Reports of rattlesnake bites in Arizona on risePosted: Updated:
TUCSON, Ariz. (AP) -- The Arizona Poison and Drug Information Center in Tucson says reports of rattlesnake bites this month are the highest in three years.
The center serves all of southern and northern Arizona and is located at the University of Arizona College of Pharmacy.
Officials said Tuesday they've been called by emergency room physicians about 14 snakebites in the last six days.
Since the beginning of August, there's been 24 reported rattlesnake bites in the center's service area.
That compares to 17 at this time last year and nine in the first three weeks of August 2010.
Center officials didn't immediately provide an explanation for the rise in rattlesnake bites.
Venomous snakebites require prompt medical attention. Experts say there are no field first-aid treatments that help.
Tips to avoid snakebite
Be aware of peak movement times. Reptiles in Arizona are most active in the warmer months of April through October. During the hottest months, they will be most active at night.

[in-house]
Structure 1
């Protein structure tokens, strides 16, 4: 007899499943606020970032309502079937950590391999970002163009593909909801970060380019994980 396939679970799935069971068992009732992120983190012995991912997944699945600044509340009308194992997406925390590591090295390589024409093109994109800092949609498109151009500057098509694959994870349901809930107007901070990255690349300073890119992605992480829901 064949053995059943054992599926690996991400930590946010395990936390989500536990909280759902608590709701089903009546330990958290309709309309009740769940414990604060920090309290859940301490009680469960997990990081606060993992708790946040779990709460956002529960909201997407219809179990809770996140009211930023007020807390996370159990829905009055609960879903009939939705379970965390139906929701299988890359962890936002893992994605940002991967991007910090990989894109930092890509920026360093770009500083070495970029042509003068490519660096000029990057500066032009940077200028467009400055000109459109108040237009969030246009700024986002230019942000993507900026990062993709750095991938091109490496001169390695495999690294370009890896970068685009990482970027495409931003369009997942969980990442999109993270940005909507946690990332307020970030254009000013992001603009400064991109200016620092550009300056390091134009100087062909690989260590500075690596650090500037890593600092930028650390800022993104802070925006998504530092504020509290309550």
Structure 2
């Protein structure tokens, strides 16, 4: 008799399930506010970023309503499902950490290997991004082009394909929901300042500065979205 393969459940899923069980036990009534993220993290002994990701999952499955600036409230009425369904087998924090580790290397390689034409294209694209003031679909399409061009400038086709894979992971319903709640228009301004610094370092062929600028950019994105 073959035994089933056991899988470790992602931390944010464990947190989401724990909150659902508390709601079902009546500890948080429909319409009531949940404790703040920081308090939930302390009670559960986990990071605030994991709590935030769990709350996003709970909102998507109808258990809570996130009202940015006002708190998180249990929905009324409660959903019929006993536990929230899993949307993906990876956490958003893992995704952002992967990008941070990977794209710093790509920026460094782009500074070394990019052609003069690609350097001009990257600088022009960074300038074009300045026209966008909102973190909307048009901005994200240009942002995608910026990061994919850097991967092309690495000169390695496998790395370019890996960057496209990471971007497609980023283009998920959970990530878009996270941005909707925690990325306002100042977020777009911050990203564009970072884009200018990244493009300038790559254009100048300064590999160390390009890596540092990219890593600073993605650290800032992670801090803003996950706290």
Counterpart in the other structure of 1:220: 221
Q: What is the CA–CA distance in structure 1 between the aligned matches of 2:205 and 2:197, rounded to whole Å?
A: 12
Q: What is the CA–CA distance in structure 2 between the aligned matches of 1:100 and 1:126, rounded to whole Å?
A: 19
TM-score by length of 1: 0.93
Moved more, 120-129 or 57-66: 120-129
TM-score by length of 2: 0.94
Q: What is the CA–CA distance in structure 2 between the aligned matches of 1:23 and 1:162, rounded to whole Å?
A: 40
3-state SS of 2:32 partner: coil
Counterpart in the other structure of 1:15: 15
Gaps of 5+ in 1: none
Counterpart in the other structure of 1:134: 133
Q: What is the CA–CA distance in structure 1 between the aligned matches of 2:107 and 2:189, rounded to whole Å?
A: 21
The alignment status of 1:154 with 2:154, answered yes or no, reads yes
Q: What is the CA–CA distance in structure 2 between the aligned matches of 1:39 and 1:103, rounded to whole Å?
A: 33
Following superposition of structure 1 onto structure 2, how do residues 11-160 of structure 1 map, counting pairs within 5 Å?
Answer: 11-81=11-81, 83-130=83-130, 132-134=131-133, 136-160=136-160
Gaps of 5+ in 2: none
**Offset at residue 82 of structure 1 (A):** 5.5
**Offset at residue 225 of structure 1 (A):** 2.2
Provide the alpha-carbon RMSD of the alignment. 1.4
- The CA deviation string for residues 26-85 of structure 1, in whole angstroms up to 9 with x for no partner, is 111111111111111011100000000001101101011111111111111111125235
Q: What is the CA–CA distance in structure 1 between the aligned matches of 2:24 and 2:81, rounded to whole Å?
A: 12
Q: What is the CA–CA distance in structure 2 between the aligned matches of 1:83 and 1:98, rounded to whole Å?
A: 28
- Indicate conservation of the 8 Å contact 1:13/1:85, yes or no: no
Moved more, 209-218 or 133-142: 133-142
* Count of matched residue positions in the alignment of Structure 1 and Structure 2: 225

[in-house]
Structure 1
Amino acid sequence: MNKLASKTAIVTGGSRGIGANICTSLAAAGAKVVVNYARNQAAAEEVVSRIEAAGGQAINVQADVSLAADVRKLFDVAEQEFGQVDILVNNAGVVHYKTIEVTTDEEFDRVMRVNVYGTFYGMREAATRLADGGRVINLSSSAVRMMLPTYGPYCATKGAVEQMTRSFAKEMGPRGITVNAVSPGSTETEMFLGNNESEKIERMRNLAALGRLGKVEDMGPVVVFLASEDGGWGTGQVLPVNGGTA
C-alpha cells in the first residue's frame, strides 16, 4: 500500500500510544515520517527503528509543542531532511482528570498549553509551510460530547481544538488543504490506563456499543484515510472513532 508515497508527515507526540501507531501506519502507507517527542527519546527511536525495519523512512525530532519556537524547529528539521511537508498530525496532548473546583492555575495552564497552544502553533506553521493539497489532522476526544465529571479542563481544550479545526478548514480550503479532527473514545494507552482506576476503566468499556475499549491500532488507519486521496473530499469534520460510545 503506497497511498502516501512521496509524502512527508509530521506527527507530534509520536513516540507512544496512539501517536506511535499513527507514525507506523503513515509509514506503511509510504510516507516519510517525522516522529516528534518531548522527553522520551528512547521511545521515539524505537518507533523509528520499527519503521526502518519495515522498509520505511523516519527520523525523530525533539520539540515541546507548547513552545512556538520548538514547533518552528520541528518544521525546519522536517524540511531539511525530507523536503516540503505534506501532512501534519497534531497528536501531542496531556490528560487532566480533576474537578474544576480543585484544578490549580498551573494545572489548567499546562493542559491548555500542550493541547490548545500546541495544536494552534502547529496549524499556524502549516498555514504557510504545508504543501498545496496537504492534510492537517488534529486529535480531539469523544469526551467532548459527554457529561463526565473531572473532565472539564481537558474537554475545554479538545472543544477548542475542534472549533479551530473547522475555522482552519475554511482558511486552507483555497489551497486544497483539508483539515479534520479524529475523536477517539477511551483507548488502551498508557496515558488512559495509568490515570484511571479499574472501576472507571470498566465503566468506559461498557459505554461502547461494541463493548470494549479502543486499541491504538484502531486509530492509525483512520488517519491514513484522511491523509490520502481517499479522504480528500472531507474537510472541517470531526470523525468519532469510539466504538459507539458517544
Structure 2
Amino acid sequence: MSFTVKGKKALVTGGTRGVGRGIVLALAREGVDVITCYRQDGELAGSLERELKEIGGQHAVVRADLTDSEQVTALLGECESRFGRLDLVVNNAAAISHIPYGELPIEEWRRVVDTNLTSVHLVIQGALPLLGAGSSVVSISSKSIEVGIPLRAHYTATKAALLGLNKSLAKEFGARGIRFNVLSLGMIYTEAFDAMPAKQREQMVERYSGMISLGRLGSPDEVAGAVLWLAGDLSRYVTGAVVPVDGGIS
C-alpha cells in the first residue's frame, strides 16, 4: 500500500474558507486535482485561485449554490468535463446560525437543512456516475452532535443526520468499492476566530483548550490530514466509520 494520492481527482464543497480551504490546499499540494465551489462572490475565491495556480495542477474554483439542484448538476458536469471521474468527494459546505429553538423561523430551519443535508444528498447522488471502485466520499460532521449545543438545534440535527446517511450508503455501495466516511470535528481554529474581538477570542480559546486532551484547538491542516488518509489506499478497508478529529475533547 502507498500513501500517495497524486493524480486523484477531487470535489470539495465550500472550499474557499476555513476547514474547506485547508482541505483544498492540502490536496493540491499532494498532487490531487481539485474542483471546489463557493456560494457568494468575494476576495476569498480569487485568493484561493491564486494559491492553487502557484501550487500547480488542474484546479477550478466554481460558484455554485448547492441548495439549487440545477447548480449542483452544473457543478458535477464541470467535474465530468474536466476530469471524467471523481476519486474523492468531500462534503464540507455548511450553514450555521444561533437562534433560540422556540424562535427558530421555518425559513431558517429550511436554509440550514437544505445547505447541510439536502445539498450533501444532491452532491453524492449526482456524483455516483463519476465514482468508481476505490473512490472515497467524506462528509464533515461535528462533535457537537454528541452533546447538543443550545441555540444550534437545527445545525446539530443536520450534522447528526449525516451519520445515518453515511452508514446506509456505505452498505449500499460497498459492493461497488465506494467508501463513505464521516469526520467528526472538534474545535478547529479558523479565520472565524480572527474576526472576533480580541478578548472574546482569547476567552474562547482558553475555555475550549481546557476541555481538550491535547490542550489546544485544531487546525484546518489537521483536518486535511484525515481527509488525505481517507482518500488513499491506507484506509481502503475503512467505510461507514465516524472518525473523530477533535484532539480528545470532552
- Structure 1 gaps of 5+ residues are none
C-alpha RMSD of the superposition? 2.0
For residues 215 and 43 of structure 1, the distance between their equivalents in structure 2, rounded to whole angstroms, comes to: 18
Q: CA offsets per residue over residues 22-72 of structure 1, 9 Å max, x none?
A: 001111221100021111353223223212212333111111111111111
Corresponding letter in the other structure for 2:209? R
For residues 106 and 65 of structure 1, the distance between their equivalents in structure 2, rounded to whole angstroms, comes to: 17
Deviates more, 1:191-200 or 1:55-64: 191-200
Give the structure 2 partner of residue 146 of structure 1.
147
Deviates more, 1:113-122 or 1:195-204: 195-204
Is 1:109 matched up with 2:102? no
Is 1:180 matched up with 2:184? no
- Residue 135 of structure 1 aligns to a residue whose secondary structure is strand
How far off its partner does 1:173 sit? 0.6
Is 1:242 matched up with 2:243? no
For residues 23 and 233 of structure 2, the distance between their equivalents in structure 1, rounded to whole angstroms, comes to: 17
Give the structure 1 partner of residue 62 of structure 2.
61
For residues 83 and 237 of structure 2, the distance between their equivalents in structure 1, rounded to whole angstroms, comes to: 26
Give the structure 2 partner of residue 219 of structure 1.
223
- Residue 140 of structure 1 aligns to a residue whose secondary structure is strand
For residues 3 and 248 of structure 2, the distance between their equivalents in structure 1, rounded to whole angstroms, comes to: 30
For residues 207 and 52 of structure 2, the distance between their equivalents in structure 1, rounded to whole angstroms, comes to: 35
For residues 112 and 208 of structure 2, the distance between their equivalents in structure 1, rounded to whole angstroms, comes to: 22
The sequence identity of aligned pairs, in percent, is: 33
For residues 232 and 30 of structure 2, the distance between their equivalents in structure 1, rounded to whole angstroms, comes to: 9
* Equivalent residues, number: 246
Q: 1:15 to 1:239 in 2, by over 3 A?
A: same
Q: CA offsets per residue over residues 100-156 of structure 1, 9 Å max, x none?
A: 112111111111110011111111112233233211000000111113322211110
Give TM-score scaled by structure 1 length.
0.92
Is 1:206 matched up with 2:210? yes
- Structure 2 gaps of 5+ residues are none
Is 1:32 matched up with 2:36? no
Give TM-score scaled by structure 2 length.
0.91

Watch where you put your hands and feet. Try to keep your hands and feet out of crevices in rocks, wood piles and deep grass. Always carry a flashlight and wear shoes or boots when walking after dark.
Leave reptiles alone. Up to 70 percent of reptile bites managed by the Arizona Poison and Drug Information Center were provoked by the person who was bitten – that is, someone was trying to kill, capture or harass the animal.
Dead snakes can bite. Never handle a venomous reptile, even after it's dead. Reflex strikes with injected venom can occur for several hours after death.
Install outdoor lighting for yards, porches and sidewalks. If you see a venomous reptile in your yard, it is probably just "passing through." However, if you are concerned about a dangerous animal in your yard, seek professional assistance in removing it.
Be Alert for Rattlers: 14 Bites Reported to Arizona Poison and Drug Information Center in 6 Days